Library survival guide for students


As much as it pains us all to admit it, it’s getting to that time of the year again. Nights are remaining lighter, summer is ever encroaching, lectures have all but come to an end and ultimately, the library is patiently waiting to claim us all.

In essence, it is basically a case of accepting the inevitable. In the run up to the examination period, the library will, and does, become the staple place of habitation for a vast majority of the student population. A place that for most of the year acted as a social sanctuary for meeting up in the awkwardly placed hours between lectures – now becomes a hub of long-drawn torment, almost in the blink of an eye. Brace yourselves for an intense season of battling for a suitable place to work, being defied by the coincidental absence of every book you need, and being ever tempted by the allure of the postcard-esque sun to call it a day and exit your self-designated studious hellhole.

It takes some strong willpower, concise focus and usually a metric ton of caffeine riddled energy drinks in order to undertake and complete a considerable library stint; a day’s session with which, once all the time spent people-watching and endlessly procrastinating is detracted, it can be said that at least some degree of productivity has occurred.

A key component to overcome the trepidation of falling victim to the soul-consuming establishment, is to bypass the initial, heavily frequent and almost philosophical thoughts of ‘why am I even in here?’  It is just as easy to see your carefully planned routine of spending X amount of hours within the library, fall to pieces at the drop of an unexpected suggestion of less educationally beneficial yet much more socially appealing plans.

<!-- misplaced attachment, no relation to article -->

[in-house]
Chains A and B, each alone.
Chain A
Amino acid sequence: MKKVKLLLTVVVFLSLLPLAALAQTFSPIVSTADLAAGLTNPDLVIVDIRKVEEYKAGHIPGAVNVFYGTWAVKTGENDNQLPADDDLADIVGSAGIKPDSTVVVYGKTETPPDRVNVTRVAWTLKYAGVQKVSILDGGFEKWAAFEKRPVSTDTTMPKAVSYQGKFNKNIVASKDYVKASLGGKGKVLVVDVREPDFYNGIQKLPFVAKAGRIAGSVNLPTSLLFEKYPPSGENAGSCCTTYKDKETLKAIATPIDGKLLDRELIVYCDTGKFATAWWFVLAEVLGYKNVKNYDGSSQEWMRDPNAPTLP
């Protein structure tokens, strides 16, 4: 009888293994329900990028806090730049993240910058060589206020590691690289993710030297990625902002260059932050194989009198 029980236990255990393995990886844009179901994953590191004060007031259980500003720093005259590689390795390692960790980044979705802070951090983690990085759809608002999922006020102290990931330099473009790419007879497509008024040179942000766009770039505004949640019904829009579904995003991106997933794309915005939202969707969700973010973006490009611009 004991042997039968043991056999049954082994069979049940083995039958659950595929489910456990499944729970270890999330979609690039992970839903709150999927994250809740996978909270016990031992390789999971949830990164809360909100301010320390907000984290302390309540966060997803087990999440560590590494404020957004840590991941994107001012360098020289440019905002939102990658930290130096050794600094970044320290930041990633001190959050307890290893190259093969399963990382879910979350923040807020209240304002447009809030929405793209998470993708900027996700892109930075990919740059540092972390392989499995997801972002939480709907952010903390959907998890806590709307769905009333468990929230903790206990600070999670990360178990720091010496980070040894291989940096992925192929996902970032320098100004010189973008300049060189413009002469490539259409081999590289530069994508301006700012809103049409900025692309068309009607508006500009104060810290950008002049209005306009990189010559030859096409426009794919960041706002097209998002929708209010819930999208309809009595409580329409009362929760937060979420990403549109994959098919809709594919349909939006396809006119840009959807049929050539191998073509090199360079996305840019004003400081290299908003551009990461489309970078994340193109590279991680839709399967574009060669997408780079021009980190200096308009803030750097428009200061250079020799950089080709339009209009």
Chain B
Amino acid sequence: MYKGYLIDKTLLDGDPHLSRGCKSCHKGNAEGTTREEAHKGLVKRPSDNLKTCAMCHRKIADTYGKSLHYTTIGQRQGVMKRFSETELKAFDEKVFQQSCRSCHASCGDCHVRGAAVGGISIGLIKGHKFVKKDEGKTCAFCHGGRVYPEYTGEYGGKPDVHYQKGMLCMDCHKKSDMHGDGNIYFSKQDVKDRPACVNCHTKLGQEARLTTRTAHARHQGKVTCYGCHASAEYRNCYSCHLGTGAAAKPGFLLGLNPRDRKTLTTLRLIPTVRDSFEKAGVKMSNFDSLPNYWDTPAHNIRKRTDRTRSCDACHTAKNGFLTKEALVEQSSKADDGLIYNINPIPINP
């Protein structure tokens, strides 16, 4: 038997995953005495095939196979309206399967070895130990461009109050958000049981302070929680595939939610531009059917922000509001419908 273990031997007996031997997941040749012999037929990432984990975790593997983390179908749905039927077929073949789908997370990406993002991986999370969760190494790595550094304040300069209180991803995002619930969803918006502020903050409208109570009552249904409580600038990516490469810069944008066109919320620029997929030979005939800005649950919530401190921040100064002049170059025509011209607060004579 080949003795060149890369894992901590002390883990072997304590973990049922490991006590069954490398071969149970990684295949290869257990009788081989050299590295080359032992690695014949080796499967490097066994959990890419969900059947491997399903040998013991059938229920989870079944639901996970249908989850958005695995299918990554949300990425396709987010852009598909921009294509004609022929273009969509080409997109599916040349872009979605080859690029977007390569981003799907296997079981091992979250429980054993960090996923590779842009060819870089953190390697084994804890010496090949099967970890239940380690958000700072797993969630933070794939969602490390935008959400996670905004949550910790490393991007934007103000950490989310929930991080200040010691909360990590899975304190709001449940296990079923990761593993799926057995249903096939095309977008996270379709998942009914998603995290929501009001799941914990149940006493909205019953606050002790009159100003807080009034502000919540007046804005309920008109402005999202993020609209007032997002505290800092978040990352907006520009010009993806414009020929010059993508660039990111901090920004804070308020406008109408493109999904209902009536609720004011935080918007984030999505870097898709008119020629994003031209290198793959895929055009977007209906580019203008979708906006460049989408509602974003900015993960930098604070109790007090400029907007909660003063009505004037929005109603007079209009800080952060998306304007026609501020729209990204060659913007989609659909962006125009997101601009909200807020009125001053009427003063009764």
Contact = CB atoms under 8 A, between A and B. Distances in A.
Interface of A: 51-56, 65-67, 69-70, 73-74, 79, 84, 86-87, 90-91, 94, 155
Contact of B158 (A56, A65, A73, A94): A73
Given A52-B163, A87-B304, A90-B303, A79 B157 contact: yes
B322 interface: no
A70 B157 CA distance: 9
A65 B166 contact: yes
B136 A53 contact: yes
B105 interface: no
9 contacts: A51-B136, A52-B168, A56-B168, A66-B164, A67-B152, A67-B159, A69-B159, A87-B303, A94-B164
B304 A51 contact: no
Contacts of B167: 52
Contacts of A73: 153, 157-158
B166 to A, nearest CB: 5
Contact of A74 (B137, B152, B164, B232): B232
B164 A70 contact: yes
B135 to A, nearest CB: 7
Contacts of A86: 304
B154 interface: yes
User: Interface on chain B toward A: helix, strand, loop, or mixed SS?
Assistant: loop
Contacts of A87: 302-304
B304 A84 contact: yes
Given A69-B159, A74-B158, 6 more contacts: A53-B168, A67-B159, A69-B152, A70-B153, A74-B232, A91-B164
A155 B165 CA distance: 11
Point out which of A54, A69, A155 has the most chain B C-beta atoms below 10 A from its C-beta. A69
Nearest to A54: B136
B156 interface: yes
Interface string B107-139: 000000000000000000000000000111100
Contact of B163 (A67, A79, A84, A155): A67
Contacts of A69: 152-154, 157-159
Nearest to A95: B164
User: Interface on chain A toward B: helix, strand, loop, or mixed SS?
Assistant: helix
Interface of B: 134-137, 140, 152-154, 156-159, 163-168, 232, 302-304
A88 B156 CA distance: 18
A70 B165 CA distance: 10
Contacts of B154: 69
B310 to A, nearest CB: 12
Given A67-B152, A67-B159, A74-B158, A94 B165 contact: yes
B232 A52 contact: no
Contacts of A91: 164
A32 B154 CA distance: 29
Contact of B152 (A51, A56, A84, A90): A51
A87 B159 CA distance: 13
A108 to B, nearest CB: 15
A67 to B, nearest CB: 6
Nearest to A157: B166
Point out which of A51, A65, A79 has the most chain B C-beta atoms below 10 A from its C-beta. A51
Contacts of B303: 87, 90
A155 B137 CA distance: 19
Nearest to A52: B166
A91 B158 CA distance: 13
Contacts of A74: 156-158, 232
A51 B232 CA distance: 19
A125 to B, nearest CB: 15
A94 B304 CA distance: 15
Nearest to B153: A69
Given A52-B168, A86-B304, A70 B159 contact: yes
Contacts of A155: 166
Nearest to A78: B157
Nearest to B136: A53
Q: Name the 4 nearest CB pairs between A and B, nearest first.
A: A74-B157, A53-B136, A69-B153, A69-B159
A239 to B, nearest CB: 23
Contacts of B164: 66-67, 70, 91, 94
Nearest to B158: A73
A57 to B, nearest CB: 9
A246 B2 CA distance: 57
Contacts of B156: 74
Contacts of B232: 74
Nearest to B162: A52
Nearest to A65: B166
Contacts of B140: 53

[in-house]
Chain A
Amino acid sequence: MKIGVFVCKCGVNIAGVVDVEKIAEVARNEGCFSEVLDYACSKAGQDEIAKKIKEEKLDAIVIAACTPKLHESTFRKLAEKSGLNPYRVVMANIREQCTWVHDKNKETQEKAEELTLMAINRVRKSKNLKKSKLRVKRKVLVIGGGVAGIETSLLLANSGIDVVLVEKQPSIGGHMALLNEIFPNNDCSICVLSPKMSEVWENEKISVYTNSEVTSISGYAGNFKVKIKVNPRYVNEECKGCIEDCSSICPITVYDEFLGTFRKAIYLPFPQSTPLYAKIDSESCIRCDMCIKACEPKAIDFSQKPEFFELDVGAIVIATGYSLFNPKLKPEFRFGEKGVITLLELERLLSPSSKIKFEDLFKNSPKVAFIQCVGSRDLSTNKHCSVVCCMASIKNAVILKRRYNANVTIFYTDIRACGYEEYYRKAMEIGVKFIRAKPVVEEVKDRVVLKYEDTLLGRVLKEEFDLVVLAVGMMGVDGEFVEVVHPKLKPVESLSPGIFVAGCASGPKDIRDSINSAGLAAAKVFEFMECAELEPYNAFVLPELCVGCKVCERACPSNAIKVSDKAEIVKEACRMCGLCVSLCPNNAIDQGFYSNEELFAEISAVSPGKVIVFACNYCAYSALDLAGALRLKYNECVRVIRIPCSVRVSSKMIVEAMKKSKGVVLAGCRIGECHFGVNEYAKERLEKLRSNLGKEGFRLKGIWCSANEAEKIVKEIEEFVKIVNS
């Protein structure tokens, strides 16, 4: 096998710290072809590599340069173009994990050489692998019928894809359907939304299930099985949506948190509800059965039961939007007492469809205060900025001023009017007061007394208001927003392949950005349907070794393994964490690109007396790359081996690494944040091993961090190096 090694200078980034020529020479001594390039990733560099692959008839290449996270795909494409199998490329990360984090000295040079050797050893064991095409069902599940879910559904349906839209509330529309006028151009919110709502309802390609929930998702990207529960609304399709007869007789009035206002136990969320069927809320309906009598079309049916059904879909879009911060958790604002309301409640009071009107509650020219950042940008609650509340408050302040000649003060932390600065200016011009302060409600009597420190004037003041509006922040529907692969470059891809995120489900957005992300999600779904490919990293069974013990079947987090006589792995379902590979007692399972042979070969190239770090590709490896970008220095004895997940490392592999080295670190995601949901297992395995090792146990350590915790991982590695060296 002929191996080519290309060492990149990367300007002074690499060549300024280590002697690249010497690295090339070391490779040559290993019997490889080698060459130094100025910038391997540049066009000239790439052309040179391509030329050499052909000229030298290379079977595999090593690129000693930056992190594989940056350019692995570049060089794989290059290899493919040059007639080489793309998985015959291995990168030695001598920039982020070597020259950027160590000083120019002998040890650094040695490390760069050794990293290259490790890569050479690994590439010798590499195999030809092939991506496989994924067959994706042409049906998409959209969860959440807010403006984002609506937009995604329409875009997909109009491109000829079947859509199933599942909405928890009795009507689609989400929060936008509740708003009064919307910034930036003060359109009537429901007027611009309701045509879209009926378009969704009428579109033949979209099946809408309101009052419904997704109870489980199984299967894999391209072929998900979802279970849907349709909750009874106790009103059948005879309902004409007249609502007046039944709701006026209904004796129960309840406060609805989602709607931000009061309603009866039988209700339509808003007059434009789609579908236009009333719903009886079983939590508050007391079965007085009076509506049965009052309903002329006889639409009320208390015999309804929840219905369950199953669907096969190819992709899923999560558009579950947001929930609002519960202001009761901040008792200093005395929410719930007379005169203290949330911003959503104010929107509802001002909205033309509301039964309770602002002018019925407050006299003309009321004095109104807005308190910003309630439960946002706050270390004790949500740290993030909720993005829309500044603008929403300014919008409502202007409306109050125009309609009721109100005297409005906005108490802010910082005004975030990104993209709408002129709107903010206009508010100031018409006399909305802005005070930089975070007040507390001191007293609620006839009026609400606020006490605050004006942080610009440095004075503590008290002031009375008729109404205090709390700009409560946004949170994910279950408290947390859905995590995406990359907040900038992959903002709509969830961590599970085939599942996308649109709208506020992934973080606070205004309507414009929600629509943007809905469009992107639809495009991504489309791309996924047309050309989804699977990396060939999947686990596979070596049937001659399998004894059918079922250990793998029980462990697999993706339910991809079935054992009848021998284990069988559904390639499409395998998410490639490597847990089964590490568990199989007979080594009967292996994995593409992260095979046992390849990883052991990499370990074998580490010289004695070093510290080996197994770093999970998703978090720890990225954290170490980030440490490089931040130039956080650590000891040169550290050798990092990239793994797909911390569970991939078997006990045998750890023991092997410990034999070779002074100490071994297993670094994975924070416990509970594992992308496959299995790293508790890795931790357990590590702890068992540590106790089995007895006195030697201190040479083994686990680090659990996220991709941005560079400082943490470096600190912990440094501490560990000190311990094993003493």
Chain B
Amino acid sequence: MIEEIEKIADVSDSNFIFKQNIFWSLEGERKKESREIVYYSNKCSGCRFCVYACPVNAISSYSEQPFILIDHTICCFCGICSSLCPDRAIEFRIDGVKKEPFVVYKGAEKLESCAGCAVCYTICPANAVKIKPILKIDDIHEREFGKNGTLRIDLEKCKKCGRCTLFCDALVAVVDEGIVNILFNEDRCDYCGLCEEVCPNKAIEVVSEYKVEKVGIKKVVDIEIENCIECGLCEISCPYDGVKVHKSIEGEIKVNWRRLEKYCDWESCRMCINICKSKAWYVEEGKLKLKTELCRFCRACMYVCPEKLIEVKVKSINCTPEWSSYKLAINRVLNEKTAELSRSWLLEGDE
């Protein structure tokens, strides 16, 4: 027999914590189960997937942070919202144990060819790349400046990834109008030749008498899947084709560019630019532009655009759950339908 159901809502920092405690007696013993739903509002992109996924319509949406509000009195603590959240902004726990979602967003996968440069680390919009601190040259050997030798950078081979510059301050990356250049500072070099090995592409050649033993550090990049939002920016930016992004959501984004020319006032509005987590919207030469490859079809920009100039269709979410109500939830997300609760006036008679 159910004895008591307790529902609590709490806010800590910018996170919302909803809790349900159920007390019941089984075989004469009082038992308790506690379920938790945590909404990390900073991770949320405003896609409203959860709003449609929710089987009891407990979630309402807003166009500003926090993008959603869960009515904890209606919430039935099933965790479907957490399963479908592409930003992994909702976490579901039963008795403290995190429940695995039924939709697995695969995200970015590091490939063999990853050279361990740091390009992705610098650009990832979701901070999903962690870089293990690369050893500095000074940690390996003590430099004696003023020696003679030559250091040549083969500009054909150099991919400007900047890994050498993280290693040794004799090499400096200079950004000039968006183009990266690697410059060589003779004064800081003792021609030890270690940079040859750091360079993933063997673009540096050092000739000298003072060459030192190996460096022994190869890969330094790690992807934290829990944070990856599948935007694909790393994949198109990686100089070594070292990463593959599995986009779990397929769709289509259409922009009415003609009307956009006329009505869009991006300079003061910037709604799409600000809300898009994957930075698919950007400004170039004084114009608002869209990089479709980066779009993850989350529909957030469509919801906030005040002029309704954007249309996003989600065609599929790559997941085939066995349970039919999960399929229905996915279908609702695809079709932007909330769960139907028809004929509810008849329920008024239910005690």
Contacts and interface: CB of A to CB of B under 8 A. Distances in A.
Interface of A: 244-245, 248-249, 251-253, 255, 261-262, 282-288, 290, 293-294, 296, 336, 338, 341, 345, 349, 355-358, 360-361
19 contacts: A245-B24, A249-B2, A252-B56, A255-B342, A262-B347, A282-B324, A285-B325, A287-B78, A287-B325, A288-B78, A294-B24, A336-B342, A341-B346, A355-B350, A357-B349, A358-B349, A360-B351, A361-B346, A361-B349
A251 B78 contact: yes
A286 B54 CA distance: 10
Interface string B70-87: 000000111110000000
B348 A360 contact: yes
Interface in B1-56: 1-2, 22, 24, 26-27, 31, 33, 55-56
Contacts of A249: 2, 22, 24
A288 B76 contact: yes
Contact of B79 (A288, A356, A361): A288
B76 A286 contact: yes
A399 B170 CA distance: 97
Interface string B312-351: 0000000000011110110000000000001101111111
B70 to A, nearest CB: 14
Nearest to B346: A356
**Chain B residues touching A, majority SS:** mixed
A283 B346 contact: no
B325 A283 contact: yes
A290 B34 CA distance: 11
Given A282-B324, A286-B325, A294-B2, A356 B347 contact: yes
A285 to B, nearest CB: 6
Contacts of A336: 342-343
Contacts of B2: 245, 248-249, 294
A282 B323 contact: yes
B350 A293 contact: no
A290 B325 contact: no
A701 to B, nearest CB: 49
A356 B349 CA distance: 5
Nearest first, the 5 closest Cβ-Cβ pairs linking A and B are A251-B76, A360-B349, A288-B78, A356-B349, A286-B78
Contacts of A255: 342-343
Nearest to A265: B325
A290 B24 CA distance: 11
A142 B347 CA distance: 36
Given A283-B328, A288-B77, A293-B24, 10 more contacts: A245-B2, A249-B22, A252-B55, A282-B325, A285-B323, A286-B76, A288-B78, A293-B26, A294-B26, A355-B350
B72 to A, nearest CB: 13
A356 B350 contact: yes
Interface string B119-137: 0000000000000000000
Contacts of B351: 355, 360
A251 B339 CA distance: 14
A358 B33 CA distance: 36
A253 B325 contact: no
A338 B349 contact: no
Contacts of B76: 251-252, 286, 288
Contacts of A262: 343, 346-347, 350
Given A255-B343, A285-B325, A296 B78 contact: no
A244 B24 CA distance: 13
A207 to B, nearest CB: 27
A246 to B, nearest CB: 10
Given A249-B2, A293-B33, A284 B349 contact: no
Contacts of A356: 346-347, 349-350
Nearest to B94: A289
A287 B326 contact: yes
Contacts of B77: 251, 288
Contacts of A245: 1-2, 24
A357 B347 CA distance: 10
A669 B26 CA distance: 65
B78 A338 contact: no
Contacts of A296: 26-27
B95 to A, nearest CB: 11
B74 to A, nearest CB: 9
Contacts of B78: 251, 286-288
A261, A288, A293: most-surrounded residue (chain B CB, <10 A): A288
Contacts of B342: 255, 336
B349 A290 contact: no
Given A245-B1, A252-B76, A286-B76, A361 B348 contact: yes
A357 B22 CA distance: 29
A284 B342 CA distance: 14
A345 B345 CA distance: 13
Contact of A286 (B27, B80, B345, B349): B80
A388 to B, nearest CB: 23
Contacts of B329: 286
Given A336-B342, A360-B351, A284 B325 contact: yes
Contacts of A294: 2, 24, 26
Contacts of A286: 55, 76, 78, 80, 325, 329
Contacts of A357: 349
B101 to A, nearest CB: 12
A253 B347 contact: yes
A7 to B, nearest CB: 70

Under the survival guide however, this comes heavily underlined in red as a big ‘no’. Dedication breeds performance and performance breeds results… or something along those lines… supposedly. Reap what you sew, and all that. Nevertheless, this is all too easy to be told by somebody who doesn’t have to endure a highly congested pedagogical metropolis, teaming with students equally as stressed and unwilling to be there as each other.

So, what are the suggestions available to make this whole process as manageable and as pain free as possible? Often, it is at the full discretion and initiative of the individual. That, combined with how much one can take before happily playing the ‘at least I tried’ card and swiftly exiting, whilst maintaining that ‘tomorrow will be productive, I swear’.

Coming from somebody who seems to find YouTube videos all the more interesting whilst supposedly using the library’s facilities to get ahead of work, or trawling Twitter to unnecessary lengths beyond the realms of all imagination, it is a fair assertion to say that the advice given here is not best placed with exemplary evidence of success.

Nevertheless, regardless of who you are and how you work, timing your arrival to the library is paramount.  In most cases, set your sights on either going early or going late – make a selection and stick with it. Those that find themselves planning a day of library revision and subsequently hit the midday rush due to unhealthy timing essentially may as well have stayed at home.

Third term is notoriously worse than all others in terms of library congestion. As a result of this, going early affords you the now-royalty of being able to actually choose a location to sit. No such privilege will be on offer to the lunch time dwellers, with endless circuits of the library in search of a suitable desk. As for those who arrive at this midday hour expecting available plug sockets for laptops and other devices, the saying ‘you’ve got more chance of finding a one-ended stick’ comes to mind.

In contrast, going later at night offers the nocturnals amongst us the option to not only make at least some shred of academic progression in a relatively freed-up library, but also removes the main mood-killer of the ever appealing sunshine which reigns throughout the day – the main culprit for making students leave as a result of not only offering better things to do with your time, but primarily due to upping the temperature to resemble that of an award-winning greenhouse.

Whichever way you choose to approach your imminent library sentence during this final term, it’s not going to be pleasant, but at least it can be manageable. Keeping Facebook, people-watching and observing the flight of the renowned library-bird to a minimum, hit the energy drinks and you’ll be fine. It’ll all be worth it come summer.

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